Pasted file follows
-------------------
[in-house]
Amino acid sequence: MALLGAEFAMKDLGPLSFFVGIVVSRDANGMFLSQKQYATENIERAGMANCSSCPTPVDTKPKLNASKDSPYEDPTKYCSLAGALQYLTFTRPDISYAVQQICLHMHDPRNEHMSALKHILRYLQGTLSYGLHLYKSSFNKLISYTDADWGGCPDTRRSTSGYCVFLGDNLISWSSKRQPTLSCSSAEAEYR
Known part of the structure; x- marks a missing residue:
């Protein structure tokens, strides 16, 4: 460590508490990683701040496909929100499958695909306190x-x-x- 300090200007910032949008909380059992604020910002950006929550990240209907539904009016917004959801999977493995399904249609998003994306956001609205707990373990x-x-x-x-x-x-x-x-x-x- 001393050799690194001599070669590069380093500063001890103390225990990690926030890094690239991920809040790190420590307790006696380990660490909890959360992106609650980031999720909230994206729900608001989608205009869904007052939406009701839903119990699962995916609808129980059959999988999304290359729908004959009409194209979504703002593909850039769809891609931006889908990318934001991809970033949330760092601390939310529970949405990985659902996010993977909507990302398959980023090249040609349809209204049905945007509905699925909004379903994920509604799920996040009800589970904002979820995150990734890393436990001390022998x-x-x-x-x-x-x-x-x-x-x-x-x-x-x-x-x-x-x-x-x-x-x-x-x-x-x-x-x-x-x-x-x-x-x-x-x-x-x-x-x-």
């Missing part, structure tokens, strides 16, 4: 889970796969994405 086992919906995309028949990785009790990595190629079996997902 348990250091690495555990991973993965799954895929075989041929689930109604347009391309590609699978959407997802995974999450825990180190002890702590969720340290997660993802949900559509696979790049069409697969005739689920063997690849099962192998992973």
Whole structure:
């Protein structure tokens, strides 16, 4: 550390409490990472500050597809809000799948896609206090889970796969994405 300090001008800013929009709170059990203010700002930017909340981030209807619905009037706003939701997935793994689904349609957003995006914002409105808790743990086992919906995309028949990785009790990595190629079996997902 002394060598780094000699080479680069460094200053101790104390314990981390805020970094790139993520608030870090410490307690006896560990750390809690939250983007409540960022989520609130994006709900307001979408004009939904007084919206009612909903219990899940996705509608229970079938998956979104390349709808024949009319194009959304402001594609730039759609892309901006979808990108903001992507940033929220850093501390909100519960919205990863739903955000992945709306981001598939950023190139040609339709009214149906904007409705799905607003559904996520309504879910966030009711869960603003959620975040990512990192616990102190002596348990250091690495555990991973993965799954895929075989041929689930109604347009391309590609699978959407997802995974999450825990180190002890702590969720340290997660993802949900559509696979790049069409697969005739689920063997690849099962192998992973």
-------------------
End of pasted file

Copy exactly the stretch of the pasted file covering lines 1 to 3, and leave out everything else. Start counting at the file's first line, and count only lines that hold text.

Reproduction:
[in-house]
Amino acid sequence: MALLGAEFAMKDLGPLSFFVGIVVSRDANGMFLSQKQYATENIERAGMANCSSCPTPVDTKPKLNASKDSPYEDPTKYCSLAGALQYLTFTRPDISYAVQQICLHMHDPRNEHMSALKHILRYLQGTLSYGLHLYKSSFNKLISYTDADWGGCPDTRRSTSGYCVFLGDNLISWSSKRQPTLSCSSAEAEYR
Known part of the structure; x- marks a missing residue: